When Not to Get a Massage – The Risks & Dangers


Although massages are a popular method of relaxation and pain relief, they can sometimes have negative effects. This is especially true when done incorrectly or too aggressively by untrained hands. 

While massages are generally safe, it’s important to be aware of potential risks and when to avoid them. This article looks at a recent case study from Singapore and analyses the occasions when you should not get a massage

When Massages Go Wrong

Singapore news outlet Today reported that a man in his 30s with pre-existing neck pain sought relief at a massage parlour. After the massage, he lost sensation in his arm for six months. The masseuse had applied excessive pressure to his neck, causing nerve damage. After seeking professional medical care, it took the man another six months of recovery to regain full usage of his arm. 

While such cases are uncommon, it’s crucial to be mindful of the risks associated with massages. Improper technique can lead to injuries such as nerve damage, muscle, and tissue damage.

Symptoms to Look Out For

Neurapraxia is a mild form of nerve damage that can cause numbness, pain, and a stinging sensation. Applying too much pressure to the neck or other sensitive areas can reduce circulation and affect the network of nerves in the area.

Rhabdomyolysis is another potential complication that has been reported after deep tissue massages. This condition occurs when damaged muscle tissue releases proteins and electrolytes into the blood, leading to heart and kidney damage, permanent disability, or even death. It’s essential to be aware of the symptoms and seek medical attention immediately if you experience darkening of urine, intense muscle pain and weakness, dehydration, decreased urination, or an irregular heartbeat.

When to Avoid Massages

While massages are generally safe, certain individuals should avoid them. People with diabetes should be extra cautious, especially if they have diabetic neuropathy, which can cause nerve damage in the extremities such as the legs and feet. Pregnant women should also be careful, especially if they are unsure whether the therapist is skilled enough to do prenatal massages.

Certain medications, such as high cholesterol, acute gout, and selective serotonin re-uptake inhibitors, can increase the risk of developing rhabdomyolysis. Recreational drug use and alcohol consumption also make one more susceptible to this condition.

If you’re feeling unwell on the day of your massage, it’s best to skip it. Dehydration is a major risk factor for rhabdomyolysis, so it’s crucial to stay adequately hydrated before and after a deep tissue massage.

Talk to the masseuse 

Before the massage commences, inform the masseuse if you have these conditions. While you can still get a massage with these conditions, it is important the masseuse is informed to take selective care. 

  • Contagious skin conditions (boils, warts, or herpes)
  • Other skin conditions (burns, rashes, or sores)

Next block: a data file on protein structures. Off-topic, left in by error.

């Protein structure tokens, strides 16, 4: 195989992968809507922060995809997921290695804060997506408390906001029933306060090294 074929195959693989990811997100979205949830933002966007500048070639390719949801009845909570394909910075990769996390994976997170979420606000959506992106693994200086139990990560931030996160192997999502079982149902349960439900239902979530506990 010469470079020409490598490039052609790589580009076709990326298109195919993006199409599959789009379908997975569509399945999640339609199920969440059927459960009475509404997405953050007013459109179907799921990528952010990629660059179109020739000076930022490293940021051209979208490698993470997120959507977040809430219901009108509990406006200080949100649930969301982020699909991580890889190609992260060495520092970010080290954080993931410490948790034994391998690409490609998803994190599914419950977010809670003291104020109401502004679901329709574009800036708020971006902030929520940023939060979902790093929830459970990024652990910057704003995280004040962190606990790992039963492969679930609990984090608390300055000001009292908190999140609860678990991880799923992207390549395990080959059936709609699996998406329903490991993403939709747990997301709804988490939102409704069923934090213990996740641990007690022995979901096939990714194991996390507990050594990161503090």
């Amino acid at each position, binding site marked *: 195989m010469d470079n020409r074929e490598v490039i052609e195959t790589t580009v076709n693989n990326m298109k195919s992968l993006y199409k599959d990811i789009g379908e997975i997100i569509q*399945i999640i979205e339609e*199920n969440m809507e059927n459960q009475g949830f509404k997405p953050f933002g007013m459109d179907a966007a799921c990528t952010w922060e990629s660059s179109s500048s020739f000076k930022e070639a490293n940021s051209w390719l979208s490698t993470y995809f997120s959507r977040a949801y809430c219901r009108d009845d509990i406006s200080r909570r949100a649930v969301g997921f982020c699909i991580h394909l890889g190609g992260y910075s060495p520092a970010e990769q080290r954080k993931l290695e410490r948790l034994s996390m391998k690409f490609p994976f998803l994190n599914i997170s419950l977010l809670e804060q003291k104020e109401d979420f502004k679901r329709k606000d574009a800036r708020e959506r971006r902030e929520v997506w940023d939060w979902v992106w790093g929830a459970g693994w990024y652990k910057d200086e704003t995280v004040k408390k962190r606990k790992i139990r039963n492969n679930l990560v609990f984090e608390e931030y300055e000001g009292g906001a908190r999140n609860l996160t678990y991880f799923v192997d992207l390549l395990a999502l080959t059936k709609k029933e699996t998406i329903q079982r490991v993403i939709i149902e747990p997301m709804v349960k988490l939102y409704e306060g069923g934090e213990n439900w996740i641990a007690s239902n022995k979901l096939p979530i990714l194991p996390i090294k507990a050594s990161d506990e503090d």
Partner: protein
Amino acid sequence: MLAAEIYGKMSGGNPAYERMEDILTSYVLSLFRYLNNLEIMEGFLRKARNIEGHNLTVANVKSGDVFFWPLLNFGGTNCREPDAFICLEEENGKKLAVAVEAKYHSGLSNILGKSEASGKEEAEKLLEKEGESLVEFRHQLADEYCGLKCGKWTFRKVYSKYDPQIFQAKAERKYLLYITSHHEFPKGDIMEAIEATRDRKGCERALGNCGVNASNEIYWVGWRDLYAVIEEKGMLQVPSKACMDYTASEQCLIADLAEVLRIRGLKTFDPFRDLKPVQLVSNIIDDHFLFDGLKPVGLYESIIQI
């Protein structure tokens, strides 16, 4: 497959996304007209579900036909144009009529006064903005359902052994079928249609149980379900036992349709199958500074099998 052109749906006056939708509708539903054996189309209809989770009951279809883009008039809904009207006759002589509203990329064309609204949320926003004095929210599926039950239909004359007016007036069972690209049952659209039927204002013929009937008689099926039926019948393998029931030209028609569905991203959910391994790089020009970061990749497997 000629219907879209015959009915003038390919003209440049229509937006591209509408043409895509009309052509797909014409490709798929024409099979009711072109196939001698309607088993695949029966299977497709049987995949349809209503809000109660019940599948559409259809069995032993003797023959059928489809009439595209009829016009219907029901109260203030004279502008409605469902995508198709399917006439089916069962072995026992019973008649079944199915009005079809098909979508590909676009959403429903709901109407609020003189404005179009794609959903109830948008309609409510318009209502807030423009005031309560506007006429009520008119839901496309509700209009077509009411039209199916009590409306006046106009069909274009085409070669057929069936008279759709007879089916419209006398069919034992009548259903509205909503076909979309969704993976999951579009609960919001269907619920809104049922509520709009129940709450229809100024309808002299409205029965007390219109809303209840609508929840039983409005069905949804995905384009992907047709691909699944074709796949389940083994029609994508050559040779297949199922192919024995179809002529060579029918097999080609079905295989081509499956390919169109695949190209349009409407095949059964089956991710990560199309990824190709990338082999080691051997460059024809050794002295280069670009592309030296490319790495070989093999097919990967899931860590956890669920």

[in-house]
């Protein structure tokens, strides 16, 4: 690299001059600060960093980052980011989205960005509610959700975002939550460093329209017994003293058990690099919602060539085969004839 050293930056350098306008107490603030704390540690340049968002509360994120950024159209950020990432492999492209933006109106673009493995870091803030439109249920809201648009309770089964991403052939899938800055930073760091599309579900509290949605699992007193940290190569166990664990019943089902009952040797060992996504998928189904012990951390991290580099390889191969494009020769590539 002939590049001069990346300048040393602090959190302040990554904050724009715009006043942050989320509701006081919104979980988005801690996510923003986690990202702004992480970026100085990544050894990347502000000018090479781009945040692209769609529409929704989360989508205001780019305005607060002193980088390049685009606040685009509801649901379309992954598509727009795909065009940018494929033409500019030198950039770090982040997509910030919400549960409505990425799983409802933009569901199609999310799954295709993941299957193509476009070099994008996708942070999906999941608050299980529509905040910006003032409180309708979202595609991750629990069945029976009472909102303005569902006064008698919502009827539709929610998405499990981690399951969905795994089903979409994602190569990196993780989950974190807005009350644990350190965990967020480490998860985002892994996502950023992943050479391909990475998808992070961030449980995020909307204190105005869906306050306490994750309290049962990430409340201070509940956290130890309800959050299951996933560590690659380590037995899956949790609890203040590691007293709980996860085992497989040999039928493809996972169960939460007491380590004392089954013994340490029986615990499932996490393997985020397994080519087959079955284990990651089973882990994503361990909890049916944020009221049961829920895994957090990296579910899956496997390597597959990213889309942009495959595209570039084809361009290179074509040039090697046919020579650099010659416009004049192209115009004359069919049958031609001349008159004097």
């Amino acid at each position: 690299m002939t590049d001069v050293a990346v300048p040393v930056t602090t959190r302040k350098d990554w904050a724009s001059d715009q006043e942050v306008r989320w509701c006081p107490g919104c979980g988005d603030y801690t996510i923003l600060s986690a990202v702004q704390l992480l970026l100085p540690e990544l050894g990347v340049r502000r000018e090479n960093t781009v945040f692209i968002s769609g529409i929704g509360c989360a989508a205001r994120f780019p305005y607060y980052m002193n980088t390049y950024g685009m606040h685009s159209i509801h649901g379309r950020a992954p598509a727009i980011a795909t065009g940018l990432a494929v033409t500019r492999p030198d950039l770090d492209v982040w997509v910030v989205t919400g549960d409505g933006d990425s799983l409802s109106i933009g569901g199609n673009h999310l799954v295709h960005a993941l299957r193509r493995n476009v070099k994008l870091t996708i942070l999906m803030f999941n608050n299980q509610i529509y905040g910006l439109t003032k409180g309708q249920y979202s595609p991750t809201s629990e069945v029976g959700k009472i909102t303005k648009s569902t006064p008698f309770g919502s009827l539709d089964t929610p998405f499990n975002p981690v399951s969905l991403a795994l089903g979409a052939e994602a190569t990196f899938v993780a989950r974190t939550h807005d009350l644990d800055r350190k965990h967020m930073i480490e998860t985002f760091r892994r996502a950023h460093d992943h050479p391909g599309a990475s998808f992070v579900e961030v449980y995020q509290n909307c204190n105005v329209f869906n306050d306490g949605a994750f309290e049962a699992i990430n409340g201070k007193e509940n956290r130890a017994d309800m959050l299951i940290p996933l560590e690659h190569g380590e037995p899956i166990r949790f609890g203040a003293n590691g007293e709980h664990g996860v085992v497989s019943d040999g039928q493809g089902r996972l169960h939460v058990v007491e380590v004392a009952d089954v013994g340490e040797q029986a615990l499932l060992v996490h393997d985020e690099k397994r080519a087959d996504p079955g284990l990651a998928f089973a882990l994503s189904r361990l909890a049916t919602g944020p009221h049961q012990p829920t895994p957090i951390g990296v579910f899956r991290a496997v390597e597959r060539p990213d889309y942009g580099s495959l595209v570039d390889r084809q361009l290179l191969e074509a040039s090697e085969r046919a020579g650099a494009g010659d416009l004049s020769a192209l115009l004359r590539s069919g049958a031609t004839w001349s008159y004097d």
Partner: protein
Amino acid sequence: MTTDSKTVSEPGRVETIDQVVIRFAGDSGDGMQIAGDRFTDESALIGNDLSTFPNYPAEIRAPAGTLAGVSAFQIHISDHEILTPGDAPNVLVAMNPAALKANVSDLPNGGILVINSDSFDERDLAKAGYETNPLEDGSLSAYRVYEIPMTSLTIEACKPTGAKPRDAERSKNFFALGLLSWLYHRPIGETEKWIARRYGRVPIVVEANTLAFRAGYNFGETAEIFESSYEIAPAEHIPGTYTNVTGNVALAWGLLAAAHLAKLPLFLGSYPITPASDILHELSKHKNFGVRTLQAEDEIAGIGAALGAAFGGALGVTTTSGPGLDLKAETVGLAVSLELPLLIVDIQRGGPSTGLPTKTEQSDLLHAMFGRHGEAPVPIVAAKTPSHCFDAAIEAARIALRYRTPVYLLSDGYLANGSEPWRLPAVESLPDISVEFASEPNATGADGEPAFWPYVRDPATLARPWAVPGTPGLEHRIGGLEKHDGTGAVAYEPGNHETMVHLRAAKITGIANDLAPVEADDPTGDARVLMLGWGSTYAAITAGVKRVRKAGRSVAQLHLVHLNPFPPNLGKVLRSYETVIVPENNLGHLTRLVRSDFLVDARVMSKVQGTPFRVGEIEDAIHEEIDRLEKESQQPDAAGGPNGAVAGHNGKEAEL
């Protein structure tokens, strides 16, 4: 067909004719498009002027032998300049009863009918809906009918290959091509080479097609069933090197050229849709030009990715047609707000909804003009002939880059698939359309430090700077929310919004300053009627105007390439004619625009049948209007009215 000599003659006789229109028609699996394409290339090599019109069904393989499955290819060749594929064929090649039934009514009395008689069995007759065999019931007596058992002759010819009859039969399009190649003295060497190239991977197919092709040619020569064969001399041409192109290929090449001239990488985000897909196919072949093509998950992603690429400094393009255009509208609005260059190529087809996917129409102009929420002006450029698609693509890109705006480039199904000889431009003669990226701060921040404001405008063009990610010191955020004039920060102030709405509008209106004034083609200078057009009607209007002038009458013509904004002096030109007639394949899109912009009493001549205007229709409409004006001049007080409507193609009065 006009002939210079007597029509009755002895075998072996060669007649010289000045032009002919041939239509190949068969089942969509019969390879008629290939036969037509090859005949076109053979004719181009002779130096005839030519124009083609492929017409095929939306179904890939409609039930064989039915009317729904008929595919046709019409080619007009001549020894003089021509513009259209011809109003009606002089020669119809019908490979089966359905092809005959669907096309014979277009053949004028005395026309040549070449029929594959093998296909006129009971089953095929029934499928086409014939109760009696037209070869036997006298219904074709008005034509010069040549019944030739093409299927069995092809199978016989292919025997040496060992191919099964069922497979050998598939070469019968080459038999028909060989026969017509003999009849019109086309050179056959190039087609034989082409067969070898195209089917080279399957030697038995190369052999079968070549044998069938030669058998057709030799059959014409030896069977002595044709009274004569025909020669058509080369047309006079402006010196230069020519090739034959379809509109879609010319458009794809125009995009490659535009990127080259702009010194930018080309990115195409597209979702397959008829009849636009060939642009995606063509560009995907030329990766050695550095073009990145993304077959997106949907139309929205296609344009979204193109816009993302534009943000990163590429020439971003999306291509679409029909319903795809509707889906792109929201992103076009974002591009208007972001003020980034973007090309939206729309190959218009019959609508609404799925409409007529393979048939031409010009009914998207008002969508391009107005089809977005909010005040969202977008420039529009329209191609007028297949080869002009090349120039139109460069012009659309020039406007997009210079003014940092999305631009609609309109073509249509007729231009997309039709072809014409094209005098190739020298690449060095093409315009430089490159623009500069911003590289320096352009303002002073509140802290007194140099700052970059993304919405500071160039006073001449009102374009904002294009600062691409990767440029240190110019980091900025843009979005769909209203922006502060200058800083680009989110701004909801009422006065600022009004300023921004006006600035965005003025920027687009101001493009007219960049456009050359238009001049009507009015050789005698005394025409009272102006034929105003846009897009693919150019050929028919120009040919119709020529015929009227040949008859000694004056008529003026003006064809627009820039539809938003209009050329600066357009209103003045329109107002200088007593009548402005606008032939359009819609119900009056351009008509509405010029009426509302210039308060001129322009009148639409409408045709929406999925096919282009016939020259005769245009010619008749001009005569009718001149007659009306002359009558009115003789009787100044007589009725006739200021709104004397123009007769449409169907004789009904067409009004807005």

• Circulatory system issues (high blood pressure, varicose veins, or stroke)
  • Digestive system issues (ulcers, irritable bowel syndrome, or colitis)
  • Edema
  • Endocrine system issues (diabetes or thyroid dysfunction)
  • Musculoskeletal system conditions (carpal tunnel syndrome, fibromyalgia, osteoporosis, rheumatoid arthritis)
  • Lymph/immune system issues (chronic fatigue or HIV/AIDS)
  • Nervous system conditions (herpes or Parkinson’s disease)
  • Respiratory system issues (asthma)
  • Miscellaneous conditions (pregnancy, migraines, cancer)

Professional Care vs. Massage

It’s important to seek prompt medical attention for injuries that may require more than just a massage. Sprains and muscle tears may require medical attention if the pain is severe enough to cause loss of power or function.

If the muscles are affected, a massage may provide some relief, but if it’s a joint sprain or tissue tear, a massage could worsen the condition. It’s important to prioritize professional care and seek medical attention promptly if necessary.

Prioritizing massage over professional care can lead to delays in treatment or aggravation of existing conditions and injuries, cautioned Senior physiotherapist Xu Weijie from Core Concepts, a private physiotherapy clinic group in Singapore. “If the muscles are affected, you may get relief from some rest and massage, but if it’s a joint sprain or tissue tear, a massage could worsen it,” Mr Xu added.

Workout Warriors Beware

Intense exercise puts the muscles under a high amount of stress. Therefore, it is important to rest for two to three days before getting a massage. Seeking relief from the immediate symptoms rather than correcting the underlying cause of post-exercise pain could be ineffective. It’s important to focus on the underlying cause of the pain, such as weakness in another muscle group, to avoid worsening the condition.

Final Thoughts

Massages are generally safe, but it’s essential to be aware of potential risks and when to avoid them. Individuals with certain medical conditions, pregnant women, and those feeling unwell on the day of their massage should avoid them. Seek medical attention promptly for injuries that require more than just a massage. Proper technique, a moderate amount of pressure, and communication with your therapist can reduce the risks and provide a relaxing, beneficial experience.


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